BY ART BUKOWSKI
GAYLORD -- Matt Rooyakker heard many things in the wake of an Otsego County plane crash that killed two well-known Gaylord residents, but one stuck in his mind.
"The comment was it always seems that tragedy happens to the good ones," said Rooyakker, president of the Gaylord Chamber of Commerce board, who knew both victims. "I think that speaks volumes."
Dr. Patrick J. McNamara, 52, and Christopher A. Hasty, 32, died when McNamara's two-seat, single-engine airplane crashed in a ditch off I-75 near Vanderbilt at about 6:30 p.m. Tuesday.
Witnesses said the McNamara-piloted aircraft circled I-75 and attempted to land on the highway shortly before it crashed. Federal authorities investigating the crash didn't respond to requests for comment Wednesday or said they couldn't provide information, and local authorities deferred comment to federal officials.
McNamara, a licensed radiologist of 18 years, owned Gaylord radiology facility Image North. Hasty was a part-owner of Total Powersports, a Gaylord ATV and snowmobile dealer. Both were Gaylord natives and familiar faces in the community, friends said.
McNamara was "very giving" with his time and money, Rooyakker said, and famous for his commitment to help others.
"Whether it was the guy cleaning out the garbage cans or the most wealthy guy in town, he didn't care. He liked everybody, and he was nice to everybody," he said. "He was one of the nicest guys you'd ever meet. It's a cliche, but it sums it up pretty well."
McNamara wasn't married and didn't have children, Rooyakker said.
Jeannie Jones, who worked with Hasty for five years at Total Powersports, said he was enthusiastic and "full of energy."
"There's nobody in the world like Chris Hasty, at all," Jones said. "Everybody enjoyed Chris."
Hasty left behind a two-year-old daughter and had a persistent dedication to the business, Jones said.
"He was passionate about everything ... He was always here, loved his customers, loved his staff," she said. "He always had fun."
Hasty and McNamara were friends, Jones said.
Gaylord Regional Airport Director Matt Barresi said his airport doesn't have a tower, and he couldn't say if the plane took off from that airport or intended to land there. The investigation is now in the hands of the Federal Aviation Administration and the National Transportation Safety Board, he said.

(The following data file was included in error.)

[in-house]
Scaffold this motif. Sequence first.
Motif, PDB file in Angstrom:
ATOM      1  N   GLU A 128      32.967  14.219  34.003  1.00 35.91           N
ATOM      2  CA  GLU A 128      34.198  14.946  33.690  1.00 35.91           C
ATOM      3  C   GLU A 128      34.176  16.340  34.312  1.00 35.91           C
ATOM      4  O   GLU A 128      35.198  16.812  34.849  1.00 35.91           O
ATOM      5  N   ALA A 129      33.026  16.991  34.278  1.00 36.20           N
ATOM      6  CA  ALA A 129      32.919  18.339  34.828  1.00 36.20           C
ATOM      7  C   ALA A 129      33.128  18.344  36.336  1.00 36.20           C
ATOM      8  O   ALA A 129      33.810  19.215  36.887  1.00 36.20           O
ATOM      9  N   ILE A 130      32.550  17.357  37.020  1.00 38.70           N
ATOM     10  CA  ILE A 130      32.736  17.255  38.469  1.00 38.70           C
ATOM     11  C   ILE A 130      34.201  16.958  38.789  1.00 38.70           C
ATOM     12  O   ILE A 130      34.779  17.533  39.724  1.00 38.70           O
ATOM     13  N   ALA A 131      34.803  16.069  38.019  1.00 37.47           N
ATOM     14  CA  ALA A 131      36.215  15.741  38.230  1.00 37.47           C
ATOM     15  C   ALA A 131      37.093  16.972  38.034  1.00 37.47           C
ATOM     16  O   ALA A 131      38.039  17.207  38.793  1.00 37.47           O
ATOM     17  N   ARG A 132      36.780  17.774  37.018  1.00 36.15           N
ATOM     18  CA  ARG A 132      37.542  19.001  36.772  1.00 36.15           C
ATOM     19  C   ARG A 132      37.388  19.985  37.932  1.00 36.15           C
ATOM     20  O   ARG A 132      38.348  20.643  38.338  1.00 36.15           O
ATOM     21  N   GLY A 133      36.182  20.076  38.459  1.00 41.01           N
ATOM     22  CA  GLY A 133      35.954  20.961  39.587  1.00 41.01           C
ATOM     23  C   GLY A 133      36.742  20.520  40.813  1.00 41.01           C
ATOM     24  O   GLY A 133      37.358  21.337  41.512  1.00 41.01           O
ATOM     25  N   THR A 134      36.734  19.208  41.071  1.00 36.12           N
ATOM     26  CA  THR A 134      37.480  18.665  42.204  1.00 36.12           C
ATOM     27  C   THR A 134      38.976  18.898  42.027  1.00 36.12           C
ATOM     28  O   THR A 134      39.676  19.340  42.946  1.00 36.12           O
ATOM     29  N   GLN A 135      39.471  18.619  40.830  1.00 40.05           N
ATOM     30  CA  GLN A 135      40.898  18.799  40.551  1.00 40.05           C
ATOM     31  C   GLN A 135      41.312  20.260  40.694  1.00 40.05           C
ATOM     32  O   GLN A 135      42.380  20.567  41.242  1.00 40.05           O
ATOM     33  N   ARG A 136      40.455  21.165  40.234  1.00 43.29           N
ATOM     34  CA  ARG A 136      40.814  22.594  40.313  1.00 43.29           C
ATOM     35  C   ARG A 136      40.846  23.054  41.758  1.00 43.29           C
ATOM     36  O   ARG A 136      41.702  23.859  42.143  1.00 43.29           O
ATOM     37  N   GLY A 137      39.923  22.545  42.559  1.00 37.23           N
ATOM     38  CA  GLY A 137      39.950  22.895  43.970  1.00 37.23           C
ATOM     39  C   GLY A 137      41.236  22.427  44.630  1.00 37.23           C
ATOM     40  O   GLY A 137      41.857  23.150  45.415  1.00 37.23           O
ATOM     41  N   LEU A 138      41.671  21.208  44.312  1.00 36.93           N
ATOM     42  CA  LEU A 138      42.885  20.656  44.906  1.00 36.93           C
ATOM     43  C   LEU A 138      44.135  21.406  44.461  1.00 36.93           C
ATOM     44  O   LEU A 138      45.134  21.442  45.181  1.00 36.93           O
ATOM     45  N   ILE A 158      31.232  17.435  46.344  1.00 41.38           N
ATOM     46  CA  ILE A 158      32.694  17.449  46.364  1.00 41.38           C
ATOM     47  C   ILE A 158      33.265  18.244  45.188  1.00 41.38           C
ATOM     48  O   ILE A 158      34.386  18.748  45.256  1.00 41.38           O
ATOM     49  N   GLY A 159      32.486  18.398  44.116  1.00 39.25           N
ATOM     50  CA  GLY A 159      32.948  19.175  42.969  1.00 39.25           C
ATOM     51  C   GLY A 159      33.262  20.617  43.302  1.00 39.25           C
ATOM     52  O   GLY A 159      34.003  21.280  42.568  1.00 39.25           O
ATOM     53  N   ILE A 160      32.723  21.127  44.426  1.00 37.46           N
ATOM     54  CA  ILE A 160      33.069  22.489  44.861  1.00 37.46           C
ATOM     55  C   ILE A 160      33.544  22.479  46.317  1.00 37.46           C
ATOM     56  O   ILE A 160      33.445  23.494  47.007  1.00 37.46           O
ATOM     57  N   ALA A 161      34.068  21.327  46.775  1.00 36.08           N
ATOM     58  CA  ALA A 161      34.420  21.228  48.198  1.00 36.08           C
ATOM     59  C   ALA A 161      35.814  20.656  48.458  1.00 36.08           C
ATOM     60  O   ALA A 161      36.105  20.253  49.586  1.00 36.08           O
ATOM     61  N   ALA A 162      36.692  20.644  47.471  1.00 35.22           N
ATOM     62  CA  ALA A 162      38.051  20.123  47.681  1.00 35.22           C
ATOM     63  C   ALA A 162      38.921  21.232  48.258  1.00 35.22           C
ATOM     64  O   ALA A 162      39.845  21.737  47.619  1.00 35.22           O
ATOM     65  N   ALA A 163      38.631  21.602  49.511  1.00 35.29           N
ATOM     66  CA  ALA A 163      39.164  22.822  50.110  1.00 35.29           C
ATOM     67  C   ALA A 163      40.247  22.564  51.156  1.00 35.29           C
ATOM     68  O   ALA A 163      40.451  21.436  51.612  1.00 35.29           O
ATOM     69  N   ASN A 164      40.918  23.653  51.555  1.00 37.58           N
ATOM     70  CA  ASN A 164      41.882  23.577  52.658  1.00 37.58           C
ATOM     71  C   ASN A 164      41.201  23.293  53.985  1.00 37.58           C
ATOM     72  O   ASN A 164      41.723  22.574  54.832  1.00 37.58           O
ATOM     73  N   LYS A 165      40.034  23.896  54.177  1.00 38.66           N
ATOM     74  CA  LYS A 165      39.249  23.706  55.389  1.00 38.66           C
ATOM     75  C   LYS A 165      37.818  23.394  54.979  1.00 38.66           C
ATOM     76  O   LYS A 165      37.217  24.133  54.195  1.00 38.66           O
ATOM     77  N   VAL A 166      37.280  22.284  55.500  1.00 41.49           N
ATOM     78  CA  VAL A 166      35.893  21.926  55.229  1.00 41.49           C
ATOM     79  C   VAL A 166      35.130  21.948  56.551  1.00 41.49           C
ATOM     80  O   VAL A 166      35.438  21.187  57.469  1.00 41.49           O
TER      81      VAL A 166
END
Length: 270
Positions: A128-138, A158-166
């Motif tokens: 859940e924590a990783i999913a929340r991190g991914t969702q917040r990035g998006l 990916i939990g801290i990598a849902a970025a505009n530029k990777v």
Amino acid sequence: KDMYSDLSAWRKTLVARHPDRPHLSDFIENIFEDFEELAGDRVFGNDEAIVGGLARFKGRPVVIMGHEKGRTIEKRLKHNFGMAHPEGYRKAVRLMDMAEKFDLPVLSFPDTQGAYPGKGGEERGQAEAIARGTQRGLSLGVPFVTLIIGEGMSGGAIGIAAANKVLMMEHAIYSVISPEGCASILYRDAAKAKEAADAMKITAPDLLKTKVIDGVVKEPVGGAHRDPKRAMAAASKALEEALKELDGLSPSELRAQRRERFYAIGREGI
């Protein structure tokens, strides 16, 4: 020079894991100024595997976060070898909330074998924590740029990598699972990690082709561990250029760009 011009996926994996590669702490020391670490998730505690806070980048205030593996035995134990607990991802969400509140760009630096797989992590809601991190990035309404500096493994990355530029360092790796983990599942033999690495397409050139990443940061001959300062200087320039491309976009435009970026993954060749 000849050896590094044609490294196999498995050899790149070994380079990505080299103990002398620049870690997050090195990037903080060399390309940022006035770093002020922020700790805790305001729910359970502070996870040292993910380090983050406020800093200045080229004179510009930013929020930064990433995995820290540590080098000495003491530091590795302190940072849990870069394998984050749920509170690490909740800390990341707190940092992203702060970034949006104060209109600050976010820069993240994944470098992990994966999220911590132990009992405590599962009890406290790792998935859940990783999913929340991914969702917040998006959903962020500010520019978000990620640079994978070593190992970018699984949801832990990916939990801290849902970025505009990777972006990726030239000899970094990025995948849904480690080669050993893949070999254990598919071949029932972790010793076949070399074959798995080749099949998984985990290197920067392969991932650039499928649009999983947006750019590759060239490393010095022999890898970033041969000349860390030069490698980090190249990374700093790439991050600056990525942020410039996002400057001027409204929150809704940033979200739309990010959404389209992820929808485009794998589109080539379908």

"We kind of stay away from speculating until they've had a chance to sort everything out," he said.
FAA spokesman Tony Molinaro said he didn't know the flight's origin and couldn't comment on what caused the crash. Officials will use radar and other records in an attempt to determine the aircraft's flight path, he said.
Smaller aircraft flying a safe distance from larger airports generally don't file a flight plan with federal authorities, Molinaro said.
The NTSB officer assigned to the crash didn't respond to requests for comment, and FAA officials at the scene couldn't be reached for comment.
FAA records show the plane was owned by Screamin Aviation LLC, which lists the same Gaylord address as Image North. McNamara was the sole owner of Screamin Aviation and a familiar face around the airport, Barresi said.
McNamara's Aeronca was built in 1946, according to FAA records. It's not unusual for older planes to fly, Barresi said.
"Just like you have classic cars, some people have classic planes," he said.
FAA officials were at the crash scene Wednesday. They will collect information and turn it over to the NTSB, Barresi said.
Nelson Funeral Home in Gaylord was in the process Wednesday of scheduling arrangements for both McNamara and Hasty.
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